I saw the future at NAB
No, it isn’t a storage company. Or a system company. It is a workload.
The dominant storage workload of the 21st century. Large file sizes, bandwidth intensive, sequential reads and writes.
What about OLTP, small random reads and writes?
Not going away. The industry is well supplied with kit for OLTP. It will simply be a steadily shrinking piece of the entire storage industry. OLTP will keep growing, just not as fast as big file apps.
Robin, did the bright lights and eye-candy of NAB addle your brain?
Bear with me a moment.
Think about the microprocessor – back in the early 1970’s. Few recognized the potential of really cheap computer chips. Calculators were the first big application. $4,000 calculators became handheld $400 calculators and then $40 calculators. Demand skyrocketed. Slide rules died. Wang shifted to mini-computers from calculators.
Storage today is in the $4,000 calculator stage.
OLTP isn’t the way world thinks
Around the corner from the Isilon booth was a film scanner. It was scanning 35mm movie film, one frame at a time. Once a second it went “ka-thunk” and shifted to the next frame. Each ka-thunk meant a new 2k scan was completed. Each scan, another 13 MB file.
Next to it was another scanner. Once every seven seconds it went “ka-thunk” as it complete a 4k scan. And a 53 MB file.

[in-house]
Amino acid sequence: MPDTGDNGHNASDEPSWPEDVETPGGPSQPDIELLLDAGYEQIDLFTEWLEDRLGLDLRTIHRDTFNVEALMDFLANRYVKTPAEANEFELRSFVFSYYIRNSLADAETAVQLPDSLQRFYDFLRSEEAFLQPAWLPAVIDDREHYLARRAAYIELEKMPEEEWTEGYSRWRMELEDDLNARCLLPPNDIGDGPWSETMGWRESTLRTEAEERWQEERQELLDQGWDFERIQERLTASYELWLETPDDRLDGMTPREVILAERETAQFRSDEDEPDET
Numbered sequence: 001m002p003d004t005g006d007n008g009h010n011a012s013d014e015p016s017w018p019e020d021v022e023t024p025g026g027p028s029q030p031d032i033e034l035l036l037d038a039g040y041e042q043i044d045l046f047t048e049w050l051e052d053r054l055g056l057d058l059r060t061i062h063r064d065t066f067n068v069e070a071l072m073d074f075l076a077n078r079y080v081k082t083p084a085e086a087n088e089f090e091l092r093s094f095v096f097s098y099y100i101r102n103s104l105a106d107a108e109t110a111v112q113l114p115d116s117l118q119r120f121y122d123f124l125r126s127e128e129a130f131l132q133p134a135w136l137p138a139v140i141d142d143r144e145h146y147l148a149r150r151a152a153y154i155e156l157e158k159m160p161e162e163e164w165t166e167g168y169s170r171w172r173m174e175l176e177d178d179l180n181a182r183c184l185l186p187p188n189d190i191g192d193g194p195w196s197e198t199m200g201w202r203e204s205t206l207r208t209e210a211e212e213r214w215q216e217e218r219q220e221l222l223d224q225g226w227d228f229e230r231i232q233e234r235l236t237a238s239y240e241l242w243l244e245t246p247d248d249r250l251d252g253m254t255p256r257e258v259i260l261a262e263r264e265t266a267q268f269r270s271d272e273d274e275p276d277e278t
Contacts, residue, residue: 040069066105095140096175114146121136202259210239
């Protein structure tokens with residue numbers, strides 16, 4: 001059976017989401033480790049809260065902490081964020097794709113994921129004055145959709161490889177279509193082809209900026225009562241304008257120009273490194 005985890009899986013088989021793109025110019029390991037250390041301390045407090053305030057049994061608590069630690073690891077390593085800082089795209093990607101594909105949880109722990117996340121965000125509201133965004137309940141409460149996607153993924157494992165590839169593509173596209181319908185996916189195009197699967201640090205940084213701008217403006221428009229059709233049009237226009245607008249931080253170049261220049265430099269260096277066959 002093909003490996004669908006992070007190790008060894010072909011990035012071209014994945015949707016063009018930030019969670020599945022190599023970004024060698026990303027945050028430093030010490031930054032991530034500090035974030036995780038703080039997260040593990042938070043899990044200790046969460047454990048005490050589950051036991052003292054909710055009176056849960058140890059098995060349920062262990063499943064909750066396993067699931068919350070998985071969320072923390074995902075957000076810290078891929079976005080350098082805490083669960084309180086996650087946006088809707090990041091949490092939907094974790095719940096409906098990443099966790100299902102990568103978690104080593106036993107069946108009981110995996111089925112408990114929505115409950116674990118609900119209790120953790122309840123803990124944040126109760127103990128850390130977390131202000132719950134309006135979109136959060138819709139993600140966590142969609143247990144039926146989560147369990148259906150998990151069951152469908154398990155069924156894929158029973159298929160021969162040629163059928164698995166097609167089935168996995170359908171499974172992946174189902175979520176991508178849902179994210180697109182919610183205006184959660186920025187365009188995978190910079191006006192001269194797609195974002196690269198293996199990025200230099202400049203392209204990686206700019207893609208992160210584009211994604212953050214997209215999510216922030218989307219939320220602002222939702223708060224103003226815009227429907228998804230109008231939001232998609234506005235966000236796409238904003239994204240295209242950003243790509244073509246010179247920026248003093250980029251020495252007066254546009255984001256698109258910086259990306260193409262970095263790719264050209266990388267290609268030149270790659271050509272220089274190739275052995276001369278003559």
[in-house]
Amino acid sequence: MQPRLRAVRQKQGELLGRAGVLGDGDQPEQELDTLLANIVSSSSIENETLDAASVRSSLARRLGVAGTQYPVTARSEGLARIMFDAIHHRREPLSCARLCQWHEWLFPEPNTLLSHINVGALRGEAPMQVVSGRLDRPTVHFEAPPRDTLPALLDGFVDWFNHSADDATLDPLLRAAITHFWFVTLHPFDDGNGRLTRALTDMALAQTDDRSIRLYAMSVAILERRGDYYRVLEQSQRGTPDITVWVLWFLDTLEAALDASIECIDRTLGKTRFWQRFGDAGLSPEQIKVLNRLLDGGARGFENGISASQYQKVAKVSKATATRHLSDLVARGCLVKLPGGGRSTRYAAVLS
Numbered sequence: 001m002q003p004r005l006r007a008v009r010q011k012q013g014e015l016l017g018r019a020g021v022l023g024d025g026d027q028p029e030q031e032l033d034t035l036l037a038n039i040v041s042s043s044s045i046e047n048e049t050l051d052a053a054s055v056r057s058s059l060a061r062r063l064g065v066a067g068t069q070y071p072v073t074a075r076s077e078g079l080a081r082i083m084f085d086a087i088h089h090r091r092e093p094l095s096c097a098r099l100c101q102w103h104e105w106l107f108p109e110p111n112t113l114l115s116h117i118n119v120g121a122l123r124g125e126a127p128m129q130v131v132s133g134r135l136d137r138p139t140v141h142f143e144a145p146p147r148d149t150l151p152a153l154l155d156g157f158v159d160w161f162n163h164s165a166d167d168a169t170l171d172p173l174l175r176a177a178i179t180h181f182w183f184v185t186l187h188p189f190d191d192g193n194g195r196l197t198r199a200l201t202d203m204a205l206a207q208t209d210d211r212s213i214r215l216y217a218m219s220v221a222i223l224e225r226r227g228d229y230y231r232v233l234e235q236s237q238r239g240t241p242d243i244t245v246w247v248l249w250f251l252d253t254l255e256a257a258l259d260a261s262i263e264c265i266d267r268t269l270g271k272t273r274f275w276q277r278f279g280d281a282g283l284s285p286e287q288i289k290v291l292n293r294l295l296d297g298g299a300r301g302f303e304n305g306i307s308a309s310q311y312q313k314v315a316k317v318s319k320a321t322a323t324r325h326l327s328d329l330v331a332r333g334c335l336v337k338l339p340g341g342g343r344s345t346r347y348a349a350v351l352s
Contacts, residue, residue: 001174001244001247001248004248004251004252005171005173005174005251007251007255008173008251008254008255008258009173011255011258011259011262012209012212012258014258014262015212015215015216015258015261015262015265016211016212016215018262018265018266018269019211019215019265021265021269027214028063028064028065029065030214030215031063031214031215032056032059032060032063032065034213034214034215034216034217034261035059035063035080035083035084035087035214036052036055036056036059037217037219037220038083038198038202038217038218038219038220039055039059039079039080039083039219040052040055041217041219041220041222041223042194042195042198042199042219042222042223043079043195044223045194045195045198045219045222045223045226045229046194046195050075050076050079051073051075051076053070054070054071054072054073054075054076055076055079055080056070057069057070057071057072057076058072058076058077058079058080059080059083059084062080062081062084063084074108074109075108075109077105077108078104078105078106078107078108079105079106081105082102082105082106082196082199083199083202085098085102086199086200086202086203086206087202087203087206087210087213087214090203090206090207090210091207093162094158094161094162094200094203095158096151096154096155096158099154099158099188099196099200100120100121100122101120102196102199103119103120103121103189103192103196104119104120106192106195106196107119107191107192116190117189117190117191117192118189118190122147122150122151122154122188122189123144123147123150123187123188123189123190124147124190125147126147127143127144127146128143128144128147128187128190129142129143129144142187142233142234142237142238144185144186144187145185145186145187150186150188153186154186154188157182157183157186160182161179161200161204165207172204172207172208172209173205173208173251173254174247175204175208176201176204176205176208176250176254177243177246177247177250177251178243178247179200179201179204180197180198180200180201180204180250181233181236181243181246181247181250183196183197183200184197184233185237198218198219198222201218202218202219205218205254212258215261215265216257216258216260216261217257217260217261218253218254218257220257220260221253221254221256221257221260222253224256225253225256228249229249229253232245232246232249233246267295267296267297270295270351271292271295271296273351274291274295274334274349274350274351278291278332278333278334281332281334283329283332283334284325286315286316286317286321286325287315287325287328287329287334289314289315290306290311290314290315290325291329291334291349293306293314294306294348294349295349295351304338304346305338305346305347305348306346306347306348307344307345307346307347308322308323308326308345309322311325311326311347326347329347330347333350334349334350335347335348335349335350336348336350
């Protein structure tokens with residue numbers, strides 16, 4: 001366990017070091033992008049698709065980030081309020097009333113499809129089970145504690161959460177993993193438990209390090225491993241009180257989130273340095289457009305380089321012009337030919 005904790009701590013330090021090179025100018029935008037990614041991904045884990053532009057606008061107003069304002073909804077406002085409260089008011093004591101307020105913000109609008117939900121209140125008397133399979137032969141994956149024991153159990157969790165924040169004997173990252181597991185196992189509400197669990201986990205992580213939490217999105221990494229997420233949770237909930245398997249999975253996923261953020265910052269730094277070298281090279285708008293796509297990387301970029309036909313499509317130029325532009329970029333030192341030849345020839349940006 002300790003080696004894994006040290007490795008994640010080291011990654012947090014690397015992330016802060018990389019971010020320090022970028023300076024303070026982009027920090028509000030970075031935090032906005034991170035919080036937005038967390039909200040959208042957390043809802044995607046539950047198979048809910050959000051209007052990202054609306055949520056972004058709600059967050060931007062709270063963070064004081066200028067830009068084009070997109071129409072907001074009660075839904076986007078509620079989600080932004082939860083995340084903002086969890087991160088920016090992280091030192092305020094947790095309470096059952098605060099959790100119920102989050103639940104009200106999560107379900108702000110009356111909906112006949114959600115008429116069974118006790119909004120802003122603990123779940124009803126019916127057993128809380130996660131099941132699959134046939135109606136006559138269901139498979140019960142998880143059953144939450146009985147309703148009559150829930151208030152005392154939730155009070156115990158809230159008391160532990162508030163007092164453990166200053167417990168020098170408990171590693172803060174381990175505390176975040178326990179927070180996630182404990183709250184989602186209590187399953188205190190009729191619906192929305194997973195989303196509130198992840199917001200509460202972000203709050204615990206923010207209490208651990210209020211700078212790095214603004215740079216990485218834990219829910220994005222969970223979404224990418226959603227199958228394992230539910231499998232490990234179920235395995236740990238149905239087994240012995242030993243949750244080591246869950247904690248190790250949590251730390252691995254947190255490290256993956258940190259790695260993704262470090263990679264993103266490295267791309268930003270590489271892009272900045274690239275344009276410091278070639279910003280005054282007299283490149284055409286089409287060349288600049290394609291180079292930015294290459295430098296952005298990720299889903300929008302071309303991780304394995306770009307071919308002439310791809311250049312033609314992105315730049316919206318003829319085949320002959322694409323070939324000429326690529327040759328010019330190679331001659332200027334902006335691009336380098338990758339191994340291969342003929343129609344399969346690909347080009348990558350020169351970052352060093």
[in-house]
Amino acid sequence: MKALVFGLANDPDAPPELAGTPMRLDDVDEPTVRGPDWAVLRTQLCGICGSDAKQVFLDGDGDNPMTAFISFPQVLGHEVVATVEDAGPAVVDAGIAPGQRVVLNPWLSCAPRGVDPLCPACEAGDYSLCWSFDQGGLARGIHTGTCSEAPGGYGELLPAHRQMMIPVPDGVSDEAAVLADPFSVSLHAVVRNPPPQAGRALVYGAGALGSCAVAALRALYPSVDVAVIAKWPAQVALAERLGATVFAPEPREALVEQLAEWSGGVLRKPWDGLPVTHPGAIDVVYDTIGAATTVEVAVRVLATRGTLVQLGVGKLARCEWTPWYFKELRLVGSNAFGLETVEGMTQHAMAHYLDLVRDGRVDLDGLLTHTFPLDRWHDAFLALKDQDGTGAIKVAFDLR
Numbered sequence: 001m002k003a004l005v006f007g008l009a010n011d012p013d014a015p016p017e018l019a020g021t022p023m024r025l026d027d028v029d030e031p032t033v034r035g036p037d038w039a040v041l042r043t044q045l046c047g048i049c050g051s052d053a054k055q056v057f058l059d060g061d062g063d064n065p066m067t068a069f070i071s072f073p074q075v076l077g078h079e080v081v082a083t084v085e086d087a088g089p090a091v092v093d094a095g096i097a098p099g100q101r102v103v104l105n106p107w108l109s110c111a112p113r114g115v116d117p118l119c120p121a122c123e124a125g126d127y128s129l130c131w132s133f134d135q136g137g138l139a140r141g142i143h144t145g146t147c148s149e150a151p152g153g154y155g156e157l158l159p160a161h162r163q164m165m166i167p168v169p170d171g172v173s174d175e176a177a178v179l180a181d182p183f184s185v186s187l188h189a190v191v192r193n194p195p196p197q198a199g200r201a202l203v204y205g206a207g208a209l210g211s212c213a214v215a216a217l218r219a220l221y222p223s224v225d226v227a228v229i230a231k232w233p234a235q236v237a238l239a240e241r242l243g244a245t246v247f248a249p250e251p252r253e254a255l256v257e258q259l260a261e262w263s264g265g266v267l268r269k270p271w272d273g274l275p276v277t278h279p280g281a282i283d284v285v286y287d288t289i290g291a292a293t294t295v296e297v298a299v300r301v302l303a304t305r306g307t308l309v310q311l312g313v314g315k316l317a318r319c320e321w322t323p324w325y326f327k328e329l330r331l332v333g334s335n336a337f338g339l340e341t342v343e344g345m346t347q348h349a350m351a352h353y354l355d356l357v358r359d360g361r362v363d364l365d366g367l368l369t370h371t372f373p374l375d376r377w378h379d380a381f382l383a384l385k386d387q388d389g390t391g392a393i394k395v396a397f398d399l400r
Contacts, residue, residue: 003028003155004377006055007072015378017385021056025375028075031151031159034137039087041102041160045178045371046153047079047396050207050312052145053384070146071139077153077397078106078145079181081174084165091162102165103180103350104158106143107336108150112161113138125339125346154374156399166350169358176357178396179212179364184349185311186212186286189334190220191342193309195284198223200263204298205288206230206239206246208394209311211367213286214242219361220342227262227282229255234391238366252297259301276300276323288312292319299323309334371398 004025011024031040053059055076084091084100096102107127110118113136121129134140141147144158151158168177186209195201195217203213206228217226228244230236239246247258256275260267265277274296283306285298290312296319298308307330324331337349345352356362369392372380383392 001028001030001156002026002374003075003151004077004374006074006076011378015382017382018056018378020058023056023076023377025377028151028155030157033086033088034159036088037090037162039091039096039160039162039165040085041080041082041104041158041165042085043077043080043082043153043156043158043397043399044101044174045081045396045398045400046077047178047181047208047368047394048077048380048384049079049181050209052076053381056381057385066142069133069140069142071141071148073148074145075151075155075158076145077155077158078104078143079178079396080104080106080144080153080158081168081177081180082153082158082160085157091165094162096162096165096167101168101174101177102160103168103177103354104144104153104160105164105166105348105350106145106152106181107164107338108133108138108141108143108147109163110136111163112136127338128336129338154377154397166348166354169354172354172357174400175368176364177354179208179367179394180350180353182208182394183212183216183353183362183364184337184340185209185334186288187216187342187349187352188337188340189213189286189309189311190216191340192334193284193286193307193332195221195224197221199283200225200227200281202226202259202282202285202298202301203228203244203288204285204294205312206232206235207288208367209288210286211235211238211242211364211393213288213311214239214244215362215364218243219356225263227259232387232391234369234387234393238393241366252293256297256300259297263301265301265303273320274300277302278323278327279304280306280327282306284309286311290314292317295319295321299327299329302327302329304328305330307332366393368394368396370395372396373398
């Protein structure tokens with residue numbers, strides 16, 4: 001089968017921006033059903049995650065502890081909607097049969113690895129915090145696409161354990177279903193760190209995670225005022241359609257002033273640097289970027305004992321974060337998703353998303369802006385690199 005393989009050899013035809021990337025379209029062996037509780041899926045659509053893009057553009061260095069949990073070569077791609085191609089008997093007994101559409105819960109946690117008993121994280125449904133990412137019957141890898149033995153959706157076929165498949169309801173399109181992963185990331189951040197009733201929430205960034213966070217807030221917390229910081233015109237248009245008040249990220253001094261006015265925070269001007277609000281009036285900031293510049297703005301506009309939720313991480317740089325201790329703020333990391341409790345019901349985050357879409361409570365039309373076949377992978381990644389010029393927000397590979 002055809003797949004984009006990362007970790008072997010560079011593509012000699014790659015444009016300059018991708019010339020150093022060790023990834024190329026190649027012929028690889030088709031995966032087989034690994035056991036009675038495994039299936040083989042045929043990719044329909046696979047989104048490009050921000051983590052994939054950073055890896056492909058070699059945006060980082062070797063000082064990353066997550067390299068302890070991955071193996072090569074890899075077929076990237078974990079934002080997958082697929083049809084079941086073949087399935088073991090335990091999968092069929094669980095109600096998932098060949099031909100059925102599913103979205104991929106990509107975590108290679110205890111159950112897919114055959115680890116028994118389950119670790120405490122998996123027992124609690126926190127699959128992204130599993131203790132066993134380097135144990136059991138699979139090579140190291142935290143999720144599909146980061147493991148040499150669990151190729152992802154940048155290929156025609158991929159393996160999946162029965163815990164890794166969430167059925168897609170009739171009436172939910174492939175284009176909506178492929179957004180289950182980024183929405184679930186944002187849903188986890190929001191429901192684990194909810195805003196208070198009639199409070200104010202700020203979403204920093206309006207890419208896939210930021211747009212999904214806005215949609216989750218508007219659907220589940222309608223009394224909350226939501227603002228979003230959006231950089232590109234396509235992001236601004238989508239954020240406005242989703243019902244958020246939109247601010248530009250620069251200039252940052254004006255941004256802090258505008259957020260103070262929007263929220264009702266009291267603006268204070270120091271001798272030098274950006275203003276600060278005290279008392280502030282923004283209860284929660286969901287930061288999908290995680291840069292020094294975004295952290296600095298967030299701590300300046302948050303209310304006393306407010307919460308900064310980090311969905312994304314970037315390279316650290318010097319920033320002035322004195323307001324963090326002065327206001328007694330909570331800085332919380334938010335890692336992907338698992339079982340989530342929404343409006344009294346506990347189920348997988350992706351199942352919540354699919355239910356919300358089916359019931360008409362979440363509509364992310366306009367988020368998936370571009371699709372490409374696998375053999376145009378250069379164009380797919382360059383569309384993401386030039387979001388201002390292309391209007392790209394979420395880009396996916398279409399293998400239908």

6k and 8k scanners are on the horizon, because film makers don’t want to lose any data of the original frame.
Uh, Robin, there’s more to the world than movies
Indeed there is. This isn’t about movies. It is about digitizing, and storing, our analog world.
Massive storage is getting cheaper and will soon get much cheaper. Just as with microprocessors, as storage gets cheaper more applications open up. As networks and display options improve, there are more places to send the “assets” as media folks call content.
Isilon VP Brett Goodwin told me about their new deal with NBC Universal. Isilon’s self-managing storage is making it possible for NBC to dramatically increase their Olympic games broadcast hours without increasing people costs. Gordon Bell’s idea for recording every moment of his life isn’t limited by our ability to capture pixels and audio: it’s the storage and retrieval that’s the killer.
As bandwidth intensive apps grow, more investment will improve bandwidth
I’ve been planning to write about NFS v4.1, which adds parallel support to the NFS standard. Making parallel I/O a standard is going to free up vendor innovation for a market that is starved for bandwidth. I don’t think CIFS is a player in HPC, and pNFS will ensure it never is.
The other shoe
Disk drives: rapidly growing capacity; slowly growing IOPS. Small I/0s are costly. Big sequential I/0s are cheap. Databases have long used techniques to turn small I/Os into larger ones. With big files, you don’t have to.
The StorageMojo take
The combination of pervasive high-resolution media, consumer-driven storage needs, expensive random I/0s and cheap bandwidth point to a new style of I/O and storage. The late Jim Gray noted that everything in storage today will be in main memory in ten years. A likely corollary is that everything analog that is stored today will be digital in 10 years. “ka-thunk”
Comments welcome, of course.